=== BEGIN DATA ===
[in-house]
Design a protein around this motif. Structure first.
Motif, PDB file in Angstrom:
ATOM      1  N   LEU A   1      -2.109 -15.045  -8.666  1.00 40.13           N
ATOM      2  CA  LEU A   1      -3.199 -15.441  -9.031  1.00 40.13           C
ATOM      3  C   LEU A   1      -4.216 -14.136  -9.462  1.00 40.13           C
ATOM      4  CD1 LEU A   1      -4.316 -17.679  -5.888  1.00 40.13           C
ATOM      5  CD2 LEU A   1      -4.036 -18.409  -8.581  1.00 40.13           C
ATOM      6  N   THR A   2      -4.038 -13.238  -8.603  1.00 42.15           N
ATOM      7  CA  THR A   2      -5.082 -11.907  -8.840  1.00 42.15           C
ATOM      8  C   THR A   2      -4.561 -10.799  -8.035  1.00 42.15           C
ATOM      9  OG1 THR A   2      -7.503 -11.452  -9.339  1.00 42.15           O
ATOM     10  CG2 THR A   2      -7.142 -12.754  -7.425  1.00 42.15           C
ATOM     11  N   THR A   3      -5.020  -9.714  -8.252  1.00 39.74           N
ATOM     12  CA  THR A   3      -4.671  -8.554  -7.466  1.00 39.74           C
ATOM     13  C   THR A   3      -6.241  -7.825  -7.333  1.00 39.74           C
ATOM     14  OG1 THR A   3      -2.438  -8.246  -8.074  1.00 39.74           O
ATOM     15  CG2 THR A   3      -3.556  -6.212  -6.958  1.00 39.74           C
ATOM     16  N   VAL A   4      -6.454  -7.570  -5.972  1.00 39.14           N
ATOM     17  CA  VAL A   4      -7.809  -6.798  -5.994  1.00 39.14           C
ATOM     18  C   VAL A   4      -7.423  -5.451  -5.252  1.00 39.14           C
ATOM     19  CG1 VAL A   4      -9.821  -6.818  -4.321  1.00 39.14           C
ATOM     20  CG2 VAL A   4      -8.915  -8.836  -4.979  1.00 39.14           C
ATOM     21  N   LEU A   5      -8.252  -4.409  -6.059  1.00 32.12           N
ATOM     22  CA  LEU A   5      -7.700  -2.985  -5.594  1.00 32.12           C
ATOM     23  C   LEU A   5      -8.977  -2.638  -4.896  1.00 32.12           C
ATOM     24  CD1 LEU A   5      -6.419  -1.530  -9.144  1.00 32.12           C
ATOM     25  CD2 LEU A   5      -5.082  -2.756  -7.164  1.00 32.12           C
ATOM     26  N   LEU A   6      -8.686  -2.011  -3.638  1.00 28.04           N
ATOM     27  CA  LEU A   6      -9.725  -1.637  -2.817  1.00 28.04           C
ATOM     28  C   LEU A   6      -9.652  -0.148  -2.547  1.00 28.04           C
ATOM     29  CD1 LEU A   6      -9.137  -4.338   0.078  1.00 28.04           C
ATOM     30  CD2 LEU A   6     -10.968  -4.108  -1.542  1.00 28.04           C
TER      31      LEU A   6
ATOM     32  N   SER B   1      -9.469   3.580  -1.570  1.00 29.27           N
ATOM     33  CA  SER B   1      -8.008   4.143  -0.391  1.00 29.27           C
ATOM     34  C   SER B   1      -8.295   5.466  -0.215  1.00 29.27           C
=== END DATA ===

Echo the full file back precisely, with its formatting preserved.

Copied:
[in-house]
Design a protein around this motif. Structure first.
Motif, PDB file in Angstrom:
ATOM      1  N   LEU A   1      -2.109 -15.045  -8.666  1.00 40.13           N
ATOM      2  CA  LEU A   1      -3.199 -15.441  -9.031  1.00 40.13           C
ATOM      3  C   LEU A   1      -4.216 -14.136  -9.462  1.00 40.13           C
ATOM      4  CD1 LEU A   1      -4.316 -17.679  -5.888  1.00 40.13           C
ATOM      5  CD2 LEU A   1      -4.036 -18.409  -8.581  1.00 40.13           C
ATOM      6  N   THR A   2      -4.038 -13.238  -8.603  1.00 42.15           N
ATOM      7  CA  THR A   2      -5.082 -11.907  -8.840  1.00 42.15           C
ATOM      8  C   THR A   2      -4.561 -10.799  -8.035  1.00 42.15           C
ATOM      9  OG1 THR A   2      -7.503 -11.452  -9.339  1.00 42.15           O
ATOM     10  CG2 THR A   2      -7.142 -12.754  -7.425  1.00 42.15           C
ATOM     11  N   THR A   3      -5.020  -9.714  -8.252  1.00 39.74           N
ATOM     12  CA  THR A   3      -4.671  -8.554  -7.466  1.00 39.74           C
ATOM     13  C   THR A   3      -6.241  -7.825  -7.333  1.00 39.74           C
ATOM     14  OG1 THR A   3      -2.438  -8.246  -8.074  1.00 39.74           O
ATOM     15  CG2 THR A   3      -3.556  -6.212  -6.958  1.00 39.74           C
ATOM     16  N   VAL A   4      -6.454  -7.570  -5.972  1.00 39.14           N
ATOM     17  CA  VAL A   4      -7.809  -6.798  -5.994  1.00 39.14           C
ATOM     18  C   VAL A   4      -7.423  -5.451  -5.252  1.00 39.14           C
ATOM     19  CG1 VAL A   4      -9.821  -6.818  -4.321  1.00 39.14           C
ATOM     20  CG2 VAL A   4      -8.915  -8.836  -4.979  1.00 39.14           C
ATOM     21  N   LEU A   5      -8.252  -4.409  -6.059  1.00 32.12           N
ATOM     22  CA  LEU A   5      -7.700  -2.985  -5.594  1.00 32.12           C
ATOM     23  C   LEU A   5      -8.977  -2.638  -4.896  1.00 32.12           C
ATOM     24  CD1 LEU A   5      -6.419  -1.530  -9.144  1.00 32.12           C
ATOM     25  CD2 LEU A   5      -5.082  -2.756  -7.164  1.00 32.12           C
ATOM     26  N   LEU A   6      -8.686  -2.011  -3.638  1.00 28.04           N
ATOM     27  CA  LEU A   6      -9.725  -1.637  -2.817  1.00 28.04           C
ATOM     28  C   LEU A   6      -9.652  -0.148  -2.547  1.00 28.04           C
ATOM     29  CD1 LEU A   6      -9.137  -4.338   0.078  1.00 28.04           C
ATOM     30  CD2 LEU A   6     -10.968  -4.108  -1.542  1.00 28.04           C
TER      31      LEU A   6
ATOM     32  N   SER B   1      -9.469   3.580  -1.570  1.00 29.27           N
ATOM     33  CA  SER B   1      -8.008   4.143  -0.391  1.00 29.27           C
ATOM     34  C   SER B   1      -8.295   5.466  -0.215  1.00 29.27           C